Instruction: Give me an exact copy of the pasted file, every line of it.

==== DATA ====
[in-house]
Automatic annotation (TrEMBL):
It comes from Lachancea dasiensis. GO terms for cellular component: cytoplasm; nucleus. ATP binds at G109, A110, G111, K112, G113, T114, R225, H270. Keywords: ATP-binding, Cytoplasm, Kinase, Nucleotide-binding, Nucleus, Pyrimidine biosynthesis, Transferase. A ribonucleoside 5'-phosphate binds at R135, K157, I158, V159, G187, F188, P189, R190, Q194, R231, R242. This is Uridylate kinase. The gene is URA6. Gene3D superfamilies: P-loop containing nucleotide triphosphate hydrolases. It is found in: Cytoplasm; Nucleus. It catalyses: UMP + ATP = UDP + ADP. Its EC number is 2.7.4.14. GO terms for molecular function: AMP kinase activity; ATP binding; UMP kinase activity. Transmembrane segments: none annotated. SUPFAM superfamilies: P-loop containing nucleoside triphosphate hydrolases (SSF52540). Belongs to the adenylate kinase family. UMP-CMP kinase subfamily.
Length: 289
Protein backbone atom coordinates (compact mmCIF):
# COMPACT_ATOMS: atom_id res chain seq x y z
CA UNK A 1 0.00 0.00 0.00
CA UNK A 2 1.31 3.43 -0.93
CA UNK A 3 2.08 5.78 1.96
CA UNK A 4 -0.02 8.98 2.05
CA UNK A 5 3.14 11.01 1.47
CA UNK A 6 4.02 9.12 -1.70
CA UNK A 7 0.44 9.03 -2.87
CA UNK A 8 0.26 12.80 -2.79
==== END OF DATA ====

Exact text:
[in-house]
Automatic annotation (TrEMBL):
It comes from Lachancea dasiensis. GO terms for cellular component: cytoplasm; nucleus. ATP binds at G109, A110, G111, K112, G113, T114, R225, H270. Keywords: ATP-binding, Cytoplasm, Kinase, Nucleotide-binding, Nucleus, Pyrimidine biosynthesis, Transferase. A ribonucleoside 5'-phosphate binds at R135, K157, I158, V159, G187, F188, P189, R190, Q194, R231, R242. This is Uridylate kinase. The gene is URA6. Gene3D superfamilies: P-loop containing nucleotide triphosphate hydrolases. It is found in: Cytoplasm; Nucleus. It catalyses: UMP + ATP = UDP + ADP. Its EC number is 2.7.4.14. GO terms for molecular function: AMP kinase activity; ATP binding; UMP kinase activity. Transmembrane segments: none annotated. SUPFAM superfamilies: P-loop containing nucleoside triphosphate hydrolases (SSF52540). Belongs to the adenylate kinase family. UMP-CMP kinase subfamily.
Length: 289
Protein backbone atom coordinates (compact mmCIF):
# COMPACT_ATOMS: atom_id res chain seq x y z
CA UNK A 1 0.00 0.00 0.00
CA UNK A 2 1.31 3.43 -0.93
CA UNK A 3 2.08 5.78 1.96
CA UNK A 4 -0.02 8.98 2.05
CA UNK A 5 3.14 11.01 1.47
CA UNK A 6 4.02 9.12 -1.70
CA UNK A 7 0.44 9.03 -2.87
CA UNK A 8 0.26 12.80 -2.79